Turns are a vital component of swimming competition and have been shown to be significantly related to overall performance.32,88 and as a result have received much research attention.32,41,50 Puel, et al. provided a comprehensive three-dimensional analysis of the key parameters related to successful performance of the freestyle tumble turn, using five underwater cameras and an integrated force platform to quantify 51 separate variables. In contrast, Veiga, et al.50 recently also assessed turning performance in a group of elite swimmers but used just two above water cameras and measured only turning distance and velocity. Clearly the objectives of these studies differed but it is interesting to consider which study would be more likely to be replicated by a coach in their own environment.
The criticisms of video appear to be commonly expressed by both researchers and coaches. A central theme of this criticism is the time required to carry out video based procedures.13,20,89 This is certainly limiting the frequency of quantitative video analysis performed in applied settings but is likely to also decrease qualitative video practices, given that video editing for multiple swimmers can be very labour intensive in its own right. It is unsurprising therefore that much research attention is currently focused on reducing the time taken to obtain pertinent information using video and on the automation of many of the laborious manual procedures involved.2,6,8,90 By way of example, one recently reported automated digitization approach claims to reduce processing time by a factor of ten over manual tracking methods.46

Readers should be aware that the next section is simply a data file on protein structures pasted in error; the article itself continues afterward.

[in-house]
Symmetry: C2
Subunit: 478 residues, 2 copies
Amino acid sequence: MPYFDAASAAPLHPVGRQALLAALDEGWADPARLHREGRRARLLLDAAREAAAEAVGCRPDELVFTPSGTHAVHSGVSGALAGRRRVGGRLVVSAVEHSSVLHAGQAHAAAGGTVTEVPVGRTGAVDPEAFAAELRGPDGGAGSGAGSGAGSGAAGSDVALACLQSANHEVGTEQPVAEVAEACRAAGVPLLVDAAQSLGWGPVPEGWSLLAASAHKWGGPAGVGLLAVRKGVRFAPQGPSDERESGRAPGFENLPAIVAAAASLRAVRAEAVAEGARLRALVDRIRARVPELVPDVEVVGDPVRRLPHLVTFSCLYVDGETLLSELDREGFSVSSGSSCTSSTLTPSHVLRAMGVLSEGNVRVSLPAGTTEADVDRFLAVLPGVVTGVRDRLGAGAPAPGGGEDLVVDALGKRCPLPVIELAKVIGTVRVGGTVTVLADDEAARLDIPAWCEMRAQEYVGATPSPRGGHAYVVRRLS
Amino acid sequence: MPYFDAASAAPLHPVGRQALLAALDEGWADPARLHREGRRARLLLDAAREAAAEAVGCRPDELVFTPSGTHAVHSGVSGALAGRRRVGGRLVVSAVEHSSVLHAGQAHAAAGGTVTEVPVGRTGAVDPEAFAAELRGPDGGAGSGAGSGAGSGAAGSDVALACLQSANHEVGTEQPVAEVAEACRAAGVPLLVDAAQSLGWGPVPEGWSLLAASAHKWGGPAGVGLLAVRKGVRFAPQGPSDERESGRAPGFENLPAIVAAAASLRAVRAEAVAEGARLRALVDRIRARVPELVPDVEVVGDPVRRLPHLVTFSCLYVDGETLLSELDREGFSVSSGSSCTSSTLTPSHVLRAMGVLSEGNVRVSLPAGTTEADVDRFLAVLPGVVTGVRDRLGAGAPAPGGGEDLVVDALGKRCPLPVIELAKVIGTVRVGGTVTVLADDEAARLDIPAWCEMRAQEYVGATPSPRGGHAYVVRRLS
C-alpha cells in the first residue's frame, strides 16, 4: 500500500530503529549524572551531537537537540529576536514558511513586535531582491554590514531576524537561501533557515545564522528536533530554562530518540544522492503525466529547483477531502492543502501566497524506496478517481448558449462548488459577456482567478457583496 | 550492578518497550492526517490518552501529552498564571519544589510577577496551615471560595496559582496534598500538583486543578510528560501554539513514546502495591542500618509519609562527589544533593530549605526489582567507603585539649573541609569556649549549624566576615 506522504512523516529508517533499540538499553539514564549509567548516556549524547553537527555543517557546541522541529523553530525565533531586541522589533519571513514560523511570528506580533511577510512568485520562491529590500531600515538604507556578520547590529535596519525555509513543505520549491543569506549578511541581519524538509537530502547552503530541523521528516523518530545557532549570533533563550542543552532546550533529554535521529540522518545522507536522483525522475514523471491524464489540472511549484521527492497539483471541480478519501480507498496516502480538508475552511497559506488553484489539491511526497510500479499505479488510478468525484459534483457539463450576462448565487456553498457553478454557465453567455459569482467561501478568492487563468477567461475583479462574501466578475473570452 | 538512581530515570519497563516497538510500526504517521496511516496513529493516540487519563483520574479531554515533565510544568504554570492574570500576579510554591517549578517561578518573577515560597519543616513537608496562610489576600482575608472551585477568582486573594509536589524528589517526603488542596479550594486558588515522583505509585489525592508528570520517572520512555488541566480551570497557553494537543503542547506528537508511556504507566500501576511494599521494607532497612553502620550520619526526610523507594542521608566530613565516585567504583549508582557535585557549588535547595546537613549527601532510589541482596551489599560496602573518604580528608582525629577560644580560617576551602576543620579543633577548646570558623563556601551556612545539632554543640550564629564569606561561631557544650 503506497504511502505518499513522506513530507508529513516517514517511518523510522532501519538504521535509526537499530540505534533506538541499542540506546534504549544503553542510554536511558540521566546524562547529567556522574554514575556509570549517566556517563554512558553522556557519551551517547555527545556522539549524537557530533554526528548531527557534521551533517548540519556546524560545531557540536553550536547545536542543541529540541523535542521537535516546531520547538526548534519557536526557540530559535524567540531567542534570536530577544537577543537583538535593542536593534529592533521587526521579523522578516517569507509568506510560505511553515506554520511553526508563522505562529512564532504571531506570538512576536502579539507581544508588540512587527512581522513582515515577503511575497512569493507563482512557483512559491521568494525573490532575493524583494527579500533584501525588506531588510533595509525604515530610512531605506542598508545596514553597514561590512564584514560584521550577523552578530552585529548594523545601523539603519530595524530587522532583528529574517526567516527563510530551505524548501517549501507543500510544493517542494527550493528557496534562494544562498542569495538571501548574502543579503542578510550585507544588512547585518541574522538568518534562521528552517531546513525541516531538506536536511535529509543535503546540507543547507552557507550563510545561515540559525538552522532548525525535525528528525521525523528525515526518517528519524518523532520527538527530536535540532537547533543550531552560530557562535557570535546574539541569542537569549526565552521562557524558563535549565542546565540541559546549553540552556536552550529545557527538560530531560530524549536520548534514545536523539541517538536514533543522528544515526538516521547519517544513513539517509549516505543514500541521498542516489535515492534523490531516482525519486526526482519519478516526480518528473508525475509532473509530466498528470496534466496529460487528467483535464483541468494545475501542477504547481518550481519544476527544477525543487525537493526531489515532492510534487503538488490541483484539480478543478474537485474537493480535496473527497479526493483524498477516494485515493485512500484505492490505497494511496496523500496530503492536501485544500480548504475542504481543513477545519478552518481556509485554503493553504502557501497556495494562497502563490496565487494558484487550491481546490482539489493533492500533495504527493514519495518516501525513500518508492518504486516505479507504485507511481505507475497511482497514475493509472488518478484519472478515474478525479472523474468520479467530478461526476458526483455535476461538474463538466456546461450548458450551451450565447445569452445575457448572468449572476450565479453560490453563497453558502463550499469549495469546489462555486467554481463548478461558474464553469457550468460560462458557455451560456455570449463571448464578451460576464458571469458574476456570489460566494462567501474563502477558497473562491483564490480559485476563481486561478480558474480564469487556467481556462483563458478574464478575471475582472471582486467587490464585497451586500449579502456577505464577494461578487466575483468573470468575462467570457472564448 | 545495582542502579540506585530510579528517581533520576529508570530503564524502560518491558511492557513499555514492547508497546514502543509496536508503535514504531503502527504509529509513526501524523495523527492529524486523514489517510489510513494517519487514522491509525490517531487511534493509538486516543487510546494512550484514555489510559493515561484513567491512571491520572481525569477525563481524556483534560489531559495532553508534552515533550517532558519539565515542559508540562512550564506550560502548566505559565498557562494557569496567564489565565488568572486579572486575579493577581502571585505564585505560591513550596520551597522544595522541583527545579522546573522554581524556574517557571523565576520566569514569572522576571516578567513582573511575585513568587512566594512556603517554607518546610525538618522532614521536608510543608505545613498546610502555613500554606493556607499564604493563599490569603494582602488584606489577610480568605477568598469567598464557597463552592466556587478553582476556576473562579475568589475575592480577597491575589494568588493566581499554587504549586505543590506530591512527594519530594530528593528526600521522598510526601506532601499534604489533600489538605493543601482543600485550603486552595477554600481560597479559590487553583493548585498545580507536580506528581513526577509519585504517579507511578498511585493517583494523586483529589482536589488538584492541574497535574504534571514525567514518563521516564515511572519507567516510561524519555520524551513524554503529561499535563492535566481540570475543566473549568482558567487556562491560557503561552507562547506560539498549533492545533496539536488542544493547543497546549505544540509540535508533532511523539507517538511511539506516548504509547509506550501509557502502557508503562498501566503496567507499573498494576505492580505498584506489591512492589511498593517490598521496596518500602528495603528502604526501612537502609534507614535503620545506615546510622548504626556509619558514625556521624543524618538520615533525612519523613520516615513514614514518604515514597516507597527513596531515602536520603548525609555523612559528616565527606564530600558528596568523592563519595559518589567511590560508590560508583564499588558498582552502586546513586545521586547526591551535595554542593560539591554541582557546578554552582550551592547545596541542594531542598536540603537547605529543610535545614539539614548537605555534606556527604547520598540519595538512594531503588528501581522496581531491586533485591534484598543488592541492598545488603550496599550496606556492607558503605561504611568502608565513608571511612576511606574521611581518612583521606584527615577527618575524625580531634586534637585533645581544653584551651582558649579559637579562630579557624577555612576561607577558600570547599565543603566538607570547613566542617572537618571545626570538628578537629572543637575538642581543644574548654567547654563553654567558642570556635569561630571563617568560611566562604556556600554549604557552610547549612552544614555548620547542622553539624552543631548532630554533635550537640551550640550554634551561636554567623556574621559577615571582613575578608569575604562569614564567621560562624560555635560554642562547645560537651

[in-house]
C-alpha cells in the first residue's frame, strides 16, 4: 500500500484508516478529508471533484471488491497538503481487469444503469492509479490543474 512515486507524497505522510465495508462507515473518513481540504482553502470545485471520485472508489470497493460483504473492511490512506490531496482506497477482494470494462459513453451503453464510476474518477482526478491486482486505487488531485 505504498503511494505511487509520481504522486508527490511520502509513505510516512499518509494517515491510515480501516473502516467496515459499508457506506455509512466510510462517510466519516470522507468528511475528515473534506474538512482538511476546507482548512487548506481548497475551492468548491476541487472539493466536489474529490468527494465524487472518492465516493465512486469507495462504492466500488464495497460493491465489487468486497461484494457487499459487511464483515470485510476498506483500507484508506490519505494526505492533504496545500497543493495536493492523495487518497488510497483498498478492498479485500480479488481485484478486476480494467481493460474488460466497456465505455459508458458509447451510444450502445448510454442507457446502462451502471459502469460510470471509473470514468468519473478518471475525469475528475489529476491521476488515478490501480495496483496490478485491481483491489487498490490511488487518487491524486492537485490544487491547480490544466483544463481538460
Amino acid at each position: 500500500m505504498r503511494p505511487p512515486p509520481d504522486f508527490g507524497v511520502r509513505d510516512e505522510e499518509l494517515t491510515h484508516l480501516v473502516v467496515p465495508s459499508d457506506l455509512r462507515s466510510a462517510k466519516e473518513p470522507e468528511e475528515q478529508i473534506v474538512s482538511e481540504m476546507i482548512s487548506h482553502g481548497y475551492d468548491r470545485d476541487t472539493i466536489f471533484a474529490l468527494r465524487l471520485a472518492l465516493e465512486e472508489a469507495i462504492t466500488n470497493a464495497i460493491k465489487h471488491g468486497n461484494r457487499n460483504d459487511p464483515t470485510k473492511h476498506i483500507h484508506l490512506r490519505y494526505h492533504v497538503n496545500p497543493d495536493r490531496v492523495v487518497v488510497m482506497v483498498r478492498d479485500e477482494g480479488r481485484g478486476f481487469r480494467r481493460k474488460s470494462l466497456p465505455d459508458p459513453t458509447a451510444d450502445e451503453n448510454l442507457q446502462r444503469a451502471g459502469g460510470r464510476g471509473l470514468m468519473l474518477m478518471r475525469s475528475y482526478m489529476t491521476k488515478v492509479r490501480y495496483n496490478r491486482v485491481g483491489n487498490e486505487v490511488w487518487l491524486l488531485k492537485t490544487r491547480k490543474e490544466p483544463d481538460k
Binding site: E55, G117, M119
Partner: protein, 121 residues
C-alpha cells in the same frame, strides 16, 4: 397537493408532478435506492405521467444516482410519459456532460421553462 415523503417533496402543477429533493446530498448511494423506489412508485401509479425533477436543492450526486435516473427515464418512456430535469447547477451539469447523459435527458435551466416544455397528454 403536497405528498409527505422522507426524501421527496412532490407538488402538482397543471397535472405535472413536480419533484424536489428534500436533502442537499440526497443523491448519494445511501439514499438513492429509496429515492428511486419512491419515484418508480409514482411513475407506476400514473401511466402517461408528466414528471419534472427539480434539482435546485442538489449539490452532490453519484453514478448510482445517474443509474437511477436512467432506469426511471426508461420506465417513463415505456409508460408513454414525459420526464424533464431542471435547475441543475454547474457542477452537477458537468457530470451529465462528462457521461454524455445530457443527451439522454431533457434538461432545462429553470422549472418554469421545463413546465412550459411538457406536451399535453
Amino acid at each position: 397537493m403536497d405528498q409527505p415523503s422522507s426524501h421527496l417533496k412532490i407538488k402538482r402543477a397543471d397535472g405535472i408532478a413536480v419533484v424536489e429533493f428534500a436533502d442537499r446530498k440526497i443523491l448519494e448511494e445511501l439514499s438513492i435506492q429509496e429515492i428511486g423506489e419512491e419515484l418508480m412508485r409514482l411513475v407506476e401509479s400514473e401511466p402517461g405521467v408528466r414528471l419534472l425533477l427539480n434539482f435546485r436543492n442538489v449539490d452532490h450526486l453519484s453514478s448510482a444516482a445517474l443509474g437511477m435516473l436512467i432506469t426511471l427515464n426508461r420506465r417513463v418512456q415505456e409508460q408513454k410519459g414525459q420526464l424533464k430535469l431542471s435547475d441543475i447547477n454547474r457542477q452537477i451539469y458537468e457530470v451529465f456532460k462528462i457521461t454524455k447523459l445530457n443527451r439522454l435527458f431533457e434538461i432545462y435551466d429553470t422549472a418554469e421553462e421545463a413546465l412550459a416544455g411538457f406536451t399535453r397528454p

Automated Tracking Systems
One automated tracking approach uses an array of LED’s mounted on flexible circuit board that was worn by the swimmer.91 The system removes the requirement for manual digitization and initial testing suggests comparable accuracy to manually derived variables related to swimming starts and turns. Another automated tracking system recently described is based on the Calibrated Anatomical System Technique (CAST).36 The CAST system, frequently seen in clinical settings, estimates anatomical landmarks based on joint degrees of freedom and can be used to estimate the position of hidden landmarks.92 Initial results indicate that this approach may be suitable for swimming applications,36,71 although the procedures are still time-consuming and complex, with 31 anatomical landmarks required during swimmer preparation for one arm and a portion of the trunk to be digitized, which perhaps offsets the time gained elsewhere.